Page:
It is a shock for us to read that some of Romeís Christians were Ďdestroying the work of Godí. In other words, they were undoing the work that God had done. The situation there was similar to that in 1 Corinthians chapter 8, but not quite the same.
In Rome, it was some of the Gentile Christians who were responsible for the problem. (The Jews are Israelís people; the Gentiles are people from other nations). Those Gentile Christians in Rome were eating meat which for some reason offended the Jewish Christians. Perhaps it was the meat of pigs, which the Jews do not eat (Leviticus 11:7). The first Christians often ate together before their meetings, so perhaps the Jewish Christians felt unable to attend those meetings. Godís work among the Jews was suffering because of the actions of those Gentile Christians.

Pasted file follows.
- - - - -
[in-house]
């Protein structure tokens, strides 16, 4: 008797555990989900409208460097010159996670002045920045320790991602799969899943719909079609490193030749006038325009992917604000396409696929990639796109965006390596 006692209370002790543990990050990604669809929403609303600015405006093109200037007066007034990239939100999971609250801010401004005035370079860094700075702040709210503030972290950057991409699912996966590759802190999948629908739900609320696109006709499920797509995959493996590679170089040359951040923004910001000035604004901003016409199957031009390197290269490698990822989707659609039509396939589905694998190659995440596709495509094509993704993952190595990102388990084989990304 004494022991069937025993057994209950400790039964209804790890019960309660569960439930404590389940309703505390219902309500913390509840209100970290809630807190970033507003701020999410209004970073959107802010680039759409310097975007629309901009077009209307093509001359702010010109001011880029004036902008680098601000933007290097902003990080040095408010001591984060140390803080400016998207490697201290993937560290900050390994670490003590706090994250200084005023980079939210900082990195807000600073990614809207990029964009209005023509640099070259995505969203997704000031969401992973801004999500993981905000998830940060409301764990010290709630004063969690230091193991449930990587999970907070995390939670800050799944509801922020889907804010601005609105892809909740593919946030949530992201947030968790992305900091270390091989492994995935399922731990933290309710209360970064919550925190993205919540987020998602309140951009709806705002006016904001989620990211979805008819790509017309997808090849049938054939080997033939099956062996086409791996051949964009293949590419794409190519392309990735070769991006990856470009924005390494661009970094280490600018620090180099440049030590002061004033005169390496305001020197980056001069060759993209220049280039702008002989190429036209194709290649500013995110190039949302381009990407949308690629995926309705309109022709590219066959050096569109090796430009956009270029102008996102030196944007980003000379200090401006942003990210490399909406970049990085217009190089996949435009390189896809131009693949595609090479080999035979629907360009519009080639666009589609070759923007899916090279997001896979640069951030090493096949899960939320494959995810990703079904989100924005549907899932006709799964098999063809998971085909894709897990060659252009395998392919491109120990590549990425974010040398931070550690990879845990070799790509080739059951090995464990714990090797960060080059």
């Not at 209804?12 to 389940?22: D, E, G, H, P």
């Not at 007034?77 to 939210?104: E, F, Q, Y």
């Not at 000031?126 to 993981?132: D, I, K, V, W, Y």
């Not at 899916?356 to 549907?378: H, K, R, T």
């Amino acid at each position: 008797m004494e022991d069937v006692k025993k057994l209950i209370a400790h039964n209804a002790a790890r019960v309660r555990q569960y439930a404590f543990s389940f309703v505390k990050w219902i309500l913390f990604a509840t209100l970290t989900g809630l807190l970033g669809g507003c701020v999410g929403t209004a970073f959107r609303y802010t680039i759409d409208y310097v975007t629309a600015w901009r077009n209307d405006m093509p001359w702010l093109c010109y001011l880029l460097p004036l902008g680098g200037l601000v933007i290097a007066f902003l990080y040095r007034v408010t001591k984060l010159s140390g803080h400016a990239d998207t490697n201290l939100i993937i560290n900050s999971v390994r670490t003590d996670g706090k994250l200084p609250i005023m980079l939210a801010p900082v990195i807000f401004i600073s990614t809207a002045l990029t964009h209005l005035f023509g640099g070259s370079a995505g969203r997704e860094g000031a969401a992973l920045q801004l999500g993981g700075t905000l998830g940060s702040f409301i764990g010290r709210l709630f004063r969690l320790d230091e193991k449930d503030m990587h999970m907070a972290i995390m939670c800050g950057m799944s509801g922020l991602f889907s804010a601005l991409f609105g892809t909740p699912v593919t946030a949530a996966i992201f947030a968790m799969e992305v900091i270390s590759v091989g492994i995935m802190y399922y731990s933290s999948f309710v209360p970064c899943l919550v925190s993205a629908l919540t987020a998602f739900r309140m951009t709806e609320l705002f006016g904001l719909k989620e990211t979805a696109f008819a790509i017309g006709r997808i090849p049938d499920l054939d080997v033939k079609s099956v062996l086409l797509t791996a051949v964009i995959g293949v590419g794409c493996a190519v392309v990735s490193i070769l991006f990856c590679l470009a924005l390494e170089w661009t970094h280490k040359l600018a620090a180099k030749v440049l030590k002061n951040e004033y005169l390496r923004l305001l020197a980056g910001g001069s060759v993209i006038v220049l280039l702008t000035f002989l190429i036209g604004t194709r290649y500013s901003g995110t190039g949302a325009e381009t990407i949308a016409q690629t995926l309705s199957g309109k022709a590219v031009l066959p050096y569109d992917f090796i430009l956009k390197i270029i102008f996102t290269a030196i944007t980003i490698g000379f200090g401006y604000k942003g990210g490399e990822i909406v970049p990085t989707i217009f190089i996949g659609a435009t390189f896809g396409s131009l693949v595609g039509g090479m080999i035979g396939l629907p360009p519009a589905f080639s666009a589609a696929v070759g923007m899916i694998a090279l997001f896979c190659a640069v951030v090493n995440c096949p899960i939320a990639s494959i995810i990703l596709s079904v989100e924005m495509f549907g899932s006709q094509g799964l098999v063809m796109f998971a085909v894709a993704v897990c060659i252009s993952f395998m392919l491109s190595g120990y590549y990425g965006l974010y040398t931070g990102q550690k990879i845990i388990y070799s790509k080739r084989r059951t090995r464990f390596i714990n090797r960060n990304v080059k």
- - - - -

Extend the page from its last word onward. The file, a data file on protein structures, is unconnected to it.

In his reply, Paul recognises that the Gentile Christians have a right to eat that meat. In fact, they have a right to eat any food, and it does not offend God. He also recognises that the Jewish Christians were only worrying about this because of their own weakness (14:1-3). However, the Gentile Christians must still change their behaviour, because of the damage that it was causing to Godís work. Christians must never do anything that spoils a weaker personís relationship with God (Mark 9:42; Romans 14:13-15).
This kind of problem often happens today, too, although the facts may be different. One group of Christians wants to do something that offends other people in their church. The problem may become so serious that those other people cannot attend church because of it. What that group chose to do may itself be good and right. However, it is never good or right to damage the work of God. We must always act in love; we must never cause trouble for weaker Christians.
Next part: Should Christians drink wine? (Romans 14:21)
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© 2018, Keith Simons.